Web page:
We used the Wav file available from www.ppg.synth.net as this was surely going to be a good one, we played it and it seemed fine but a little clicky at the very end, but went ahead and tried it. At least the synth seemed to be taking an interest in the Data even if it displayed a number ‘9’ error at the end, but it was only at the very end, and unlike some synths, there was enough of a Data load to fill most of the preset banks.

We started to get sounds of this thing which did sound PPG’ish and very nice but they were very intermittent, as in perfect sometimes but degenerated into clicks and thumps for most of the time. When we had the voices working, we had eight of them with no bad artefacts, so all good there. Fiddling with the Proz board (PPG speak, we would call it the Digital Oscillator board, maybe Proz is easier!) in its sockets would make it work or not, which suggested poor contacts, which we thought were Gold plated but in fact were not, dammit we were caught out again with Fools Gold for the third time in the last two months.

Spending a couple of hours cleaning these “Gold” contacts back to shiny Silver took a while, but the results were no better, as the symptoms seemed to be a loss of the waveform data stream from the Proz to the Voice cards. So in our insanity, we pulled out, polished and replaced all 24 of the DRAM chips on the Proz board (that is 24 chips with 16 pins each and both sides of each pin polished). This did not improve things one bit, but no harm to do, as we did clean and reseat all of them, so that is another thing not to worry about. We suspect, as we have for days, that the Motherboard socket connector has been strained and needs to be replaced, the slight bending tension on the Proz board at the B connector does seem to keep the nice noises happening for longer, but there is no way that this is a useable synth, we will have to put this one on hold until some spare parts arrive from far flung places.

Later on in this month, and while working around all of the various pieces of equipment that flood into the workshop, we got back and did a bit more on the PPG. There are some weird anomalies in this synths behaviour, for example, program 2 is a lot more reliable than program 38 for example, as in it is playable for a longer time, and while it is is playable, changing the waveform in the Wavetable on both the main Osc and the Sub seem to work fine. It doesn’t seem to be the Motherboard connectors, we have had them all out, checked for weaknesses, and carefully put back in. There are a lot of socketed Octal latch chips on the Proz board, 74LS377’s and we have those, so a one by one replacement of those is the next step, although we would be very (pleasantly) surprised if it were as simple as that!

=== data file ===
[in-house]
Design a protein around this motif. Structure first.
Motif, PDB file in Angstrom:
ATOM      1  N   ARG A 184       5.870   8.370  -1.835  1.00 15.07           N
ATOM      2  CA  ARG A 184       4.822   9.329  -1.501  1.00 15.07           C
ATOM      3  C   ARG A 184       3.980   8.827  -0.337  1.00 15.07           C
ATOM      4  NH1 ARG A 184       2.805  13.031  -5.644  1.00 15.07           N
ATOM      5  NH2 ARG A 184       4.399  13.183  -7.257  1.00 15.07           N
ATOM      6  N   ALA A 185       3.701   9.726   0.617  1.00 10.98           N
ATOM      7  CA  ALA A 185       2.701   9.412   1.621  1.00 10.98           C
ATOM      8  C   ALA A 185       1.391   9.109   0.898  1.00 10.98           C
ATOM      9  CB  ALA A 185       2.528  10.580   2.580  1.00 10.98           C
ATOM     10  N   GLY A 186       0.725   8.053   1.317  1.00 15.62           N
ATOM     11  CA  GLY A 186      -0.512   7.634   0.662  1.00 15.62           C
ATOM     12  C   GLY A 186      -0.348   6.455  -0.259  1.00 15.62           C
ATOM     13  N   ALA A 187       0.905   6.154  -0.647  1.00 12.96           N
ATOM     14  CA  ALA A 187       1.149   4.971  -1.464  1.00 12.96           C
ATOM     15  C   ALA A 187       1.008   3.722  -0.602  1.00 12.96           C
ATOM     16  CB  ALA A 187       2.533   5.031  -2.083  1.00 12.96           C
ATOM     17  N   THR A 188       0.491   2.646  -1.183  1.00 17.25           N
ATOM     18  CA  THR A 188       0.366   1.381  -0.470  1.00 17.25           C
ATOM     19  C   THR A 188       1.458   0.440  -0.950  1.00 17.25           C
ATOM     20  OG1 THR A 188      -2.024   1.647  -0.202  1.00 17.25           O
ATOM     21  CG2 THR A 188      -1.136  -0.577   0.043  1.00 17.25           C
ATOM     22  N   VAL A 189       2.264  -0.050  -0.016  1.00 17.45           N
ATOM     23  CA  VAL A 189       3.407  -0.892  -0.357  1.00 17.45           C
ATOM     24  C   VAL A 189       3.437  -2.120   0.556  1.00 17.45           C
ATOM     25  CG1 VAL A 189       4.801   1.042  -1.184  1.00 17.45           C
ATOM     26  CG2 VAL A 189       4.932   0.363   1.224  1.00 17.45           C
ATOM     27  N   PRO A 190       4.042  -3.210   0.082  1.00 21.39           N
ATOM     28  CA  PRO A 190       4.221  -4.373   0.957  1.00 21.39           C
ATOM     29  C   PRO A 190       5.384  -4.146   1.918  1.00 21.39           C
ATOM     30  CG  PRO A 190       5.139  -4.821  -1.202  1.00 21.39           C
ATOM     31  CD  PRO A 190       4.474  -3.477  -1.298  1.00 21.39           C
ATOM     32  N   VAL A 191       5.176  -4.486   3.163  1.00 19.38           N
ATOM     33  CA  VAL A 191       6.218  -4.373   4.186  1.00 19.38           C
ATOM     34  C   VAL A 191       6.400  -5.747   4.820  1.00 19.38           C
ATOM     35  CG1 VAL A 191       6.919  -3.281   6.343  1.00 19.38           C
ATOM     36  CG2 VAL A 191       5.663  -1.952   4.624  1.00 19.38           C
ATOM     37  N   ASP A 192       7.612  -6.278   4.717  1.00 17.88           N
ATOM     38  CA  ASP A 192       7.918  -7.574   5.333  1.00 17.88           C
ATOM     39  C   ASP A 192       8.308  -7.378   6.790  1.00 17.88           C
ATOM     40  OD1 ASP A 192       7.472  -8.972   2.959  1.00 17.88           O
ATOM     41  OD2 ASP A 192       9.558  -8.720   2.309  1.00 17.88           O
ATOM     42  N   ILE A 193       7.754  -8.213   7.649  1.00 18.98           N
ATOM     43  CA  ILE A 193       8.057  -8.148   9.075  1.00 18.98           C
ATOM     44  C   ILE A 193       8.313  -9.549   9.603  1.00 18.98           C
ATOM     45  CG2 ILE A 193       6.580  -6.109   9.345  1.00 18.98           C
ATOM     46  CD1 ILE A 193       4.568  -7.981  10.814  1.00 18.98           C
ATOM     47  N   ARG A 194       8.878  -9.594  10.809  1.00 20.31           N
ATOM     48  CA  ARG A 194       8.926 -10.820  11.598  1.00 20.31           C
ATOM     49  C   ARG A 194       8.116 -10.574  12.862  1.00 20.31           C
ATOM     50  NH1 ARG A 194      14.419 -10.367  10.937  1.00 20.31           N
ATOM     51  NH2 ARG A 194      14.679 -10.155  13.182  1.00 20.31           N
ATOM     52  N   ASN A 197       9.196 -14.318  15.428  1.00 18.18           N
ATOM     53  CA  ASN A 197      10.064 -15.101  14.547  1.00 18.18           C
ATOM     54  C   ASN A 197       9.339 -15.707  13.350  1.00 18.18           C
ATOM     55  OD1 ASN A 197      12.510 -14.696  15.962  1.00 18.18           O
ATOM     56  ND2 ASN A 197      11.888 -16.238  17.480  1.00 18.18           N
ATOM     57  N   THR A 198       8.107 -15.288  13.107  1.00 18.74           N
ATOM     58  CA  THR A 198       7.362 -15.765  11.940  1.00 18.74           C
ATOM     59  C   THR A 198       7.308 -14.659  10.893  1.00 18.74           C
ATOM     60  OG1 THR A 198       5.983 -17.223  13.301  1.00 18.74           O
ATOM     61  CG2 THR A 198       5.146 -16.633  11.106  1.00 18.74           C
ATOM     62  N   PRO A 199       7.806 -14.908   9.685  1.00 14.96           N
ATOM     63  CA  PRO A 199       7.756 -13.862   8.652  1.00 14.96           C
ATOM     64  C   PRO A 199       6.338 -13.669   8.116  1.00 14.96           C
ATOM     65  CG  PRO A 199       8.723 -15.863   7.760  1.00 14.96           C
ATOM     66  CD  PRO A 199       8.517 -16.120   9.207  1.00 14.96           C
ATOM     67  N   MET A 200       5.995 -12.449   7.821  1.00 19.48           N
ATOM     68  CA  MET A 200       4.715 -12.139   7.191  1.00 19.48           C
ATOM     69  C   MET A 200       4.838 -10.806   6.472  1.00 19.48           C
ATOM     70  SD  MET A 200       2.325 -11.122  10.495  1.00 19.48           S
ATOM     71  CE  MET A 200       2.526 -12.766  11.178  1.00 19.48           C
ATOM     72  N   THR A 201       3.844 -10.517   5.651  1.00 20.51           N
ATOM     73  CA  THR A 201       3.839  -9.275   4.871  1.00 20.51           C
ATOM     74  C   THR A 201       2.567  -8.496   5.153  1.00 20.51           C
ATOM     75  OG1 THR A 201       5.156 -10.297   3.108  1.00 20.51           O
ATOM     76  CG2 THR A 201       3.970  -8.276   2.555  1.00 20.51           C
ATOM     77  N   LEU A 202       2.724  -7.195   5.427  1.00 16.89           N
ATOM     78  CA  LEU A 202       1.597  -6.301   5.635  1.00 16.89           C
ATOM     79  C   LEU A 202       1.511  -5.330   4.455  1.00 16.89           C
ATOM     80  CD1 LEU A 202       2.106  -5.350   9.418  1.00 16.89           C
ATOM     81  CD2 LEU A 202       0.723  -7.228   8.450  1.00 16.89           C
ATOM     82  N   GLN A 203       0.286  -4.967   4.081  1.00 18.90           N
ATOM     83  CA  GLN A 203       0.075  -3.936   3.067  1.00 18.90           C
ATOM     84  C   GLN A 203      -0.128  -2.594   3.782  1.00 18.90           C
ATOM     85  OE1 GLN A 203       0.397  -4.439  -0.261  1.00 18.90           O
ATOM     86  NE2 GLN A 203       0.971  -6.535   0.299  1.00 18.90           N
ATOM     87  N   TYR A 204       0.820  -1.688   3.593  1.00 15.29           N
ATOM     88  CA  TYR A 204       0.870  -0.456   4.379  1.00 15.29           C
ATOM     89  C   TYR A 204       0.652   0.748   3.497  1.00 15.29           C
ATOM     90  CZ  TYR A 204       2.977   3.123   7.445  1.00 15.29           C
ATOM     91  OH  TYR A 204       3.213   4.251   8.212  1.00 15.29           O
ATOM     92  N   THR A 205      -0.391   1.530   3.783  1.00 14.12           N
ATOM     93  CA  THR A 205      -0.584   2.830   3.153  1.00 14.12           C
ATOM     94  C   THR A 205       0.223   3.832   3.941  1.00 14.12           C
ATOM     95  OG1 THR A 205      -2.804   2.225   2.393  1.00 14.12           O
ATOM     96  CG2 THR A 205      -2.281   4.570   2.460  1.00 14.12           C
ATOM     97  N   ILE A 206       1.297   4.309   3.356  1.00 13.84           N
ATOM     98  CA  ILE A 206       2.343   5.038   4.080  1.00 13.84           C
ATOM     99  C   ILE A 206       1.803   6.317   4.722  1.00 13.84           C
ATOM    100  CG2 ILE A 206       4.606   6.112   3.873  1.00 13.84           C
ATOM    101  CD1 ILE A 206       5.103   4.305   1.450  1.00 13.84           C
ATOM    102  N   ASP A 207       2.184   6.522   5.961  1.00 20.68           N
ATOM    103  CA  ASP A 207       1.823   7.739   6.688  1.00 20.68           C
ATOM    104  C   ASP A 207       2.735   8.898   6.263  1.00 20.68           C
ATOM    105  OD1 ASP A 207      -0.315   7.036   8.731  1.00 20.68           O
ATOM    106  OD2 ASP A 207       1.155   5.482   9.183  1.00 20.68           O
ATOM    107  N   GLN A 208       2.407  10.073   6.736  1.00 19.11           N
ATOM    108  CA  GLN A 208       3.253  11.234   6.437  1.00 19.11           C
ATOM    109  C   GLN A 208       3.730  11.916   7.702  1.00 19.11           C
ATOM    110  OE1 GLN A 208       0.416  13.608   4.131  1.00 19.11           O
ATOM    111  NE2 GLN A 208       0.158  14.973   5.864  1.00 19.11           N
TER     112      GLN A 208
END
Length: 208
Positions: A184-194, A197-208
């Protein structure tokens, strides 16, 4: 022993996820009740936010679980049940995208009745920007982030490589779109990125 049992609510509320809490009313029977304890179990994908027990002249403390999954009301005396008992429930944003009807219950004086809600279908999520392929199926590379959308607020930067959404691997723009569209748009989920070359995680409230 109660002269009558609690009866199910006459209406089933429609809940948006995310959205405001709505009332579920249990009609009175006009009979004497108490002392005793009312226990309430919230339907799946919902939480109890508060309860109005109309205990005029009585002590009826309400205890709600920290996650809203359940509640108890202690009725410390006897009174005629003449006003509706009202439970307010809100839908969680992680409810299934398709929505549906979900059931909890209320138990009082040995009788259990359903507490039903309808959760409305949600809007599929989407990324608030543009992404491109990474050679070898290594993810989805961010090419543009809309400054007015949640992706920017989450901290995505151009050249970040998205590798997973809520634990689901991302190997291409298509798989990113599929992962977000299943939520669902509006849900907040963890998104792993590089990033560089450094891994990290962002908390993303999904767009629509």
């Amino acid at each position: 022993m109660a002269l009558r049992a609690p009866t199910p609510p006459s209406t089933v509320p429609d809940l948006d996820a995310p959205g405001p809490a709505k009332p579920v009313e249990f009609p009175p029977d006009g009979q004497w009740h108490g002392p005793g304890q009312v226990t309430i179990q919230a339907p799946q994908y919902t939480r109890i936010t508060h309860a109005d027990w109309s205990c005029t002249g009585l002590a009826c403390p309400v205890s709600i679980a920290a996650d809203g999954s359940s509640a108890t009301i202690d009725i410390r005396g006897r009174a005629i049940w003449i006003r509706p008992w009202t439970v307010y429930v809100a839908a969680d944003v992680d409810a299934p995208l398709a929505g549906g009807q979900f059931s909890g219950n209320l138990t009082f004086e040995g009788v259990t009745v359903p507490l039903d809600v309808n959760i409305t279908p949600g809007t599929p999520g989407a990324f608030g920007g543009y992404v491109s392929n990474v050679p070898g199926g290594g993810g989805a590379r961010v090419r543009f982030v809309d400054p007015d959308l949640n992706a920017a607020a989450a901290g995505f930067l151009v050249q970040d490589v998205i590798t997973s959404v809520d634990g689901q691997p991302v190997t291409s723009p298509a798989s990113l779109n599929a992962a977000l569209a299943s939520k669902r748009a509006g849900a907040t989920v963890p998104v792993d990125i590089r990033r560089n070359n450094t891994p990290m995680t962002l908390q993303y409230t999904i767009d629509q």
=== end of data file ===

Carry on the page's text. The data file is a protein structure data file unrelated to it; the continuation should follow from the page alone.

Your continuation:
Korg DW8000

We got this one in recently, with a dead battery and complete loss of Presets which is not so unusual for a 30 year old synth, and the battery was certainly dead, but the strange thing about the DW8000 is that if the memory is scrambled the synth behaves as if the main CPU board is past saving, if you try to edit a parameter for test purposes and the original value was corrupted, then the synth will crash and reset to program 11, both the parameter value slider or the up and down buttons will do this.

After a new battery was installed in a holder, we tried to reinstate the original programs back into it by means of a Sysex transfer but this just didn’t work, we could see numbers incrementing on the display indicating that presets were being sent over but the results were rubbish. A bit of research showed that this particular 8K had the oldest of Firmware in it, and the possibility that that version didn’t handle Sysex properly (Version 07). We downloaded Wav files of the same factory presets and had a go with that, and even this didn’t work, dozens of attempts being made with differing levels from the computer but with no success. In the end, we dug out an old Cassette player and used the original factory tape that the owner got with the synth and this worked fine, 8 banks were counted on the Green display and the Red displays showed Good at the end.

Of course this synth had other issues apart from the usual battery problems, being a well gigged instrument this one had a beautiful thick line of rust under the keyboard where liquids had been spilled on the keyboard, and quietly ate away at the chassis when no one was looking. A nice drop of something fell through the Joystick and landed on Voice 1, eating through a resistor on the voice PCB. And of course most of the Tact switches are shot, in these mid eighties Korgs they take a lot of abuse along with use, as every function of the synth is handled by the minimum number of switches, 17 in a Poly 61 and 22 in a DW8000 (they have the same switch).